Misdemeanor Diversion

Legislation was recently passed which provides for a diversion program for many misdemeanor charges. This new misdemeanor diversion law gives superior court Judges the authority to offer a diversion program to a person charged with a qualifying misdemeanor. This is significant because in the past, diversion could only be approved by the District Attorney’s office, and they often opposed diversion. So, the Judge can order diversion even if the prosecutor handling the case objects.

How Does Diversion Work?

A diversion program provides an alternative to criminal prosecution. Instead of the defendant going through a trial, a judge may “divert” the case and order the defendant to complete specific terms, conditions, and programs. These are typically activities such as attending AA meetings, doing community service and of course staying out of trouble during the term of diversion. Through diversion, the Judge can continue the case, for up to two years. Usually this is a 1 year term. During that time, the defendant is required to comply with all orders. If they successfully complete the diversion program, the case against them will be dismissed.

Successful completion of a diversion program includes:

  • Completing all court-ordered conditions

  • Paying restitution to the victim

  • Complying with protective or stay-away orders

  • Complying with orders prohibiting firearm possession (if applicable)

If the defendant violates any of the terms of their diversion program, the court will hold a hearing to determine whether such violation occurred. If it finds that the defendant did not adhere to program conditions, their case will recommence.

Before the new law took effect, each county determined whether an alleged misdemeanor offender was offered a diversion program. allows this to happen statewide.

Does the Diversion Program Apply to All Misdemeanors?

A judge may offer the diversion program to defendants charged with a wide range of offenses.

Misdemeanors to which diversion applies include, but are not limited to:

  • Assault

  • Carrying a concealed firearm

  • Alcohol related offenses.

  • Petty theft charges

Although this new legislation covers several misdemeanor crimes, there are still some for which a judge may never offer the diversion program.

These include:

  • Offenses requiring sex offender registration

  • Injury to a spouse or dating partner

  • Battery

What Are the Effects of Completing a Diversion Program?

The effects of successfully completing a misdemeanor diversion program are many. They have both immediate and long-term impacts. As far as immediate effects go, they include avoiding a costly, lengthy, and contentious trial.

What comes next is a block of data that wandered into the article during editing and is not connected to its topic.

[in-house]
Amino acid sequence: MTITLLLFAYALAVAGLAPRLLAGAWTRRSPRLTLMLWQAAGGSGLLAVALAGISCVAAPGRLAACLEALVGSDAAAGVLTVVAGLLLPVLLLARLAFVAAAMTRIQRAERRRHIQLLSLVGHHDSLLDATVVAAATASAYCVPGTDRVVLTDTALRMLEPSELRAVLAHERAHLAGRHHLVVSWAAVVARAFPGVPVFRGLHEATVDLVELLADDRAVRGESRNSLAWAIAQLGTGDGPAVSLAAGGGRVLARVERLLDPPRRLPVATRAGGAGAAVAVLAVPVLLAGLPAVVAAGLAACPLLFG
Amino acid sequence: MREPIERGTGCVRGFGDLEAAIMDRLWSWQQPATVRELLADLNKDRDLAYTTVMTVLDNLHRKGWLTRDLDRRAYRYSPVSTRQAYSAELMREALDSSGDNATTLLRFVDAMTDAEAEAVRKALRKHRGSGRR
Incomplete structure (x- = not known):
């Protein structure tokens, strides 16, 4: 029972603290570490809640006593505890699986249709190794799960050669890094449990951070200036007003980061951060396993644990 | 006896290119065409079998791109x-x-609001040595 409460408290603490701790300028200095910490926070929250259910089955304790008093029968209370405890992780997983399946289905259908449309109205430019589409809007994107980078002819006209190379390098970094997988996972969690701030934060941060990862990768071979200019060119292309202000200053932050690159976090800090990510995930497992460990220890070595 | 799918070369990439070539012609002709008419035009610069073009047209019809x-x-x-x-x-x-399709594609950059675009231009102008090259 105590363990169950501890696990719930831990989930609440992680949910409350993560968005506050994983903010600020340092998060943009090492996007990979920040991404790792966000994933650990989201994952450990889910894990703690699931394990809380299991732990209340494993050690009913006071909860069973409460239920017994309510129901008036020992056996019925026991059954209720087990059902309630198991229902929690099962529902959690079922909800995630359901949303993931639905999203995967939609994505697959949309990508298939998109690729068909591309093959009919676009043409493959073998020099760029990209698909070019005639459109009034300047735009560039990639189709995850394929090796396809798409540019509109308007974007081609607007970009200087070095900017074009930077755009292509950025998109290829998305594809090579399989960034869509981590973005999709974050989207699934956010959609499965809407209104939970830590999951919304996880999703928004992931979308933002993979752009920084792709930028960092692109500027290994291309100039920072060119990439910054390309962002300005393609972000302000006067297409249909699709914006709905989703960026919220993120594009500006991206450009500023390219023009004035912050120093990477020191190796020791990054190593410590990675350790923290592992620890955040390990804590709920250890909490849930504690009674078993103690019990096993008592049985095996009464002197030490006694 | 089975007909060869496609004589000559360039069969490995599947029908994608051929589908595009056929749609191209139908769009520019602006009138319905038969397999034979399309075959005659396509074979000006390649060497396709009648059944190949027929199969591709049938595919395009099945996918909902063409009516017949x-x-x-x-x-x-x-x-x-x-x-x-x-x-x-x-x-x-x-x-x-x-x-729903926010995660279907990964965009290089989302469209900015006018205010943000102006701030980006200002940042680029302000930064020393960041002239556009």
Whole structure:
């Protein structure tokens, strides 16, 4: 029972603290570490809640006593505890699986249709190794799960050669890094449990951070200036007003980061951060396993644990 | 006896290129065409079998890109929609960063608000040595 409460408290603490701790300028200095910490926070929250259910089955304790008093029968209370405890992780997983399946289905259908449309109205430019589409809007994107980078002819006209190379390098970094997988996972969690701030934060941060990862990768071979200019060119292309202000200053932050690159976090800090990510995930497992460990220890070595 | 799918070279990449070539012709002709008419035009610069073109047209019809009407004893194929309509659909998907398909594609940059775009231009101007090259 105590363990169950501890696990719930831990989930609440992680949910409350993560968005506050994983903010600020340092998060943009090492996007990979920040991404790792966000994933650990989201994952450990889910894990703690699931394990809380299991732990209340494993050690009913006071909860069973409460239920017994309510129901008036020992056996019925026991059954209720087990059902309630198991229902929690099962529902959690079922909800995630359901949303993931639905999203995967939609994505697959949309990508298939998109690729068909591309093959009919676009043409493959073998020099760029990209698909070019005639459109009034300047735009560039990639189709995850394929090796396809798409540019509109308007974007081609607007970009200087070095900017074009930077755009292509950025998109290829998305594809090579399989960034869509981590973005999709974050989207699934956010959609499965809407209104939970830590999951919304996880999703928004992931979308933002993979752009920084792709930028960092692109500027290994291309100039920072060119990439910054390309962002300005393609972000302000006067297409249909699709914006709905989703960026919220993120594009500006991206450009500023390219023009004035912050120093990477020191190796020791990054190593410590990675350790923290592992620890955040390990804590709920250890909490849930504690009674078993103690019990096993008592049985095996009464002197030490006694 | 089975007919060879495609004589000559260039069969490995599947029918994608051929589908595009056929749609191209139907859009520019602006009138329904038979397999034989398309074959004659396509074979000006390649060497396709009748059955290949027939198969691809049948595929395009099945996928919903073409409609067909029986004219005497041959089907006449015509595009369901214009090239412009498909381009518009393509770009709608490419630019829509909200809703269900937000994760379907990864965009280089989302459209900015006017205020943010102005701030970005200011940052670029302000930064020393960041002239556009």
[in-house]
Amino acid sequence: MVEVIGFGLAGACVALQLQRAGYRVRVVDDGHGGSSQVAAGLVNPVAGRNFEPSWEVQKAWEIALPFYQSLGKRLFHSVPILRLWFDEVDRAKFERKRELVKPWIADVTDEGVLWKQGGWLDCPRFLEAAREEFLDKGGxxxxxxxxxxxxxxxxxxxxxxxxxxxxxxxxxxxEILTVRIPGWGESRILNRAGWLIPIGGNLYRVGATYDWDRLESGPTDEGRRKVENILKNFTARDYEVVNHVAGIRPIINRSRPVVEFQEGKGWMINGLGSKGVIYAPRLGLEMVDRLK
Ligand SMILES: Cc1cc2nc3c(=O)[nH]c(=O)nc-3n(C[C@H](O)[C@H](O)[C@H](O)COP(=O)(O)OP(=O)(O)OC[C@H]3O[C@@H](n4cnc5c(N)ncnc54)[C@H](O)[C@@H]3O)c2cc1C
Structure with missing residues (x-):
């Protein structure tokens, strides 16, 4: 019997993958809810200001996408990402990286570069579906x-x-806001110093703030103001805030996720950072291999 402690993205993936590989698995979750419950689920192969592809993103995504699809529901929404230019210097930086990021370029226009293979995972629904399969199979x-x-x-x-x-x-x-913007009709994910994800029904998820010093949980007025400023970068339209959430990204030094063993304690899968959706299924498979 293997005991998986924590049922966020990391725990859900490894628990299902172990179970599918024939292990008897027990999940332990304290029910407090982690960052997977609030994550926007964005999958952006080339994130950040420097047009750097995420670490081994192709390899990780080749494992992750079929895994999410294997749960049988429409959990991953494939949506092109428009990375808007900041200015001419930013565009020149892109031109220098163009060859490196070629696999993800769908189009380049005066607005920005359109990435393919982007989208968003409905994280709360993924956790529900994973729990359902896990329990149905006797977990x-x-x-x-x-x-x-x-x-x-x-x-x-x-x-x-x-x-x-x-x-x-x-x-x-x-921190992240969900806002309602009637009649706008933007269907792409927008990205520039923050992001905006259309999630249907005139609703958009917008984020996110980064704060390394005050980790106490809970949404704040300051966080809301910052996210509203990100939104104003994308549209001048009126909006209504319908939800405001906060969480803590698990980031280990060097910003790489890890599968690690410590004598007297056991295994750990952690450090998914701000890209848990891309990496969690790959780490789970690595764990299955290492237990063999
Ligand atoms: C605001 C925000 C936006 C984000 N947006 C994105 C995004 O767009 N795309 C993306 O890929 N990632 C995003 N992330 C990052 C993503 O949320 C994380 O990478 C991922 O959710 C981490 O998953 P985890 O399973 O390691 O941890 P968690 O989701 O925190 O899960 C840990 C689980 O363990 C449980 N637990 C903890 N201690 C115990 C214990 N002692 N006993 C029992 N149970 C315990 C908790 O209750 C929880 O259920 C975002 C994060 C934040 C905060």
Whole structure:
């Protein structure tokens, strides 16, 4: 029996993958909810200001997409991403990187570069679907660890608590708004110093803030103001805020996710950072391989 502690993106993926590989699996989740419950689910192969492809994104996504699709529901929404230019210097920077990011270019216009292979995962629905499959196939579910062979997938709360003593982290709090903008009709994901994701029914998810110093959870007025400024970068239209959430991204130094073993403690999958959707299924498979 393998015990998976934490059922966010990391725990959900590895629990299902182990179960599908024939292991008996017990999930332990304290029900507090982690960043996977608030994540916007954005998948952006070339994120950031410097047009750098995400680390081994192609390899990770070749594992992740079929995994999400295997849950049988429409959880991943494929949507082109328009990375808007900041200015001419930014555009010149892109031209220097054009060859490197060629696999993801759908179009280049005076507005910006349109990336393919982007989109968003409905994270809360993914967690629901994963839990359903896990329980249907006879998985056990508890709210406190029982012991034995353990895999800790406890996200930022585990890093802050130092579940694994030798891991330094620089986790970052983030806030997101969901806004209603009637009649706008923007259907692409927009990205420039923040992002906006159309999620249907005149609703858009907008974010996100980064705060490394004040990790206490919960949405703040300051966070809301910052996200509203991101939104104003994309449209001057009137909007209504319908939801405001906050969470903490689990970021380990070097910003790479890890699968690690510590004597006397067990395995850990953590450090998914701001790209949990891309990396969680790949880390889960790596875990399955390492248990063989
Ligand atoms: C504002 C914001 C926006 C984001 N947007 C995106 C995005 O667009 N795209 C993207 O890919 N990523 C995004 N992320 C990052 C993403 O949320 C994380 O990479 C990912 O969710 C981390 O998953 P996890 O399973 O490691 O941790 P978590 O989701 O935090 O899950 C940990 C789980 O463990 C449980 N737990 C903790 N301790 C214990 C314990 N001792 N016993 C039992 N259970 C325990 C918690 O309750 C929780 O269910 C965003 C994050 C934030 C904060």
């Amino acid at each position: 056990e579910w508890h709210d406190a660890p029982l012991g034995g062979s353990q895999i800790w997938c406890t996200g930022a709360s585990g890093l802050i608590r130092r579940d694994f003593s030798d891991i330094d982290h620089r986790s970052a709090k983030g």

Long-term, successful completion of a diversion program allows the defendant to avoid having a criminal record. As mentioned earlier, after the defendant meets all court-ordered conditions, the case against them is dismissed. This means that the arrest will not show up as a conviction on the individual’s criminal record. They can lawfully say that they have never been convicted of the crime for which they were placed in the diversion program. Also, no employment, benefit, or licensing decision may be solely based on the arrest.

Being free of a criminal record has many positive implications. Having an arrest or conviction show up on a background check can make it difficult for a person to find a job or a place to live, making it hard for the individual to become a productive member of society. If the individual does not have a criminal record, they will not face these hurdles.

It must be noted, though, that even if the individual completed a misdemeanor diversion program, the Department of Justice can still access the arrest information if the individual applies for employment as a peace officer. Also, if one is directly asked during the hiring process about past arrests, one must answer that they have been arrested, but the case was dismissed.

This new law is an excellent option for many people looking at a criminal conviction. Our firm would write up a motion and argue your case to request diversion. Feel free to call us for further information .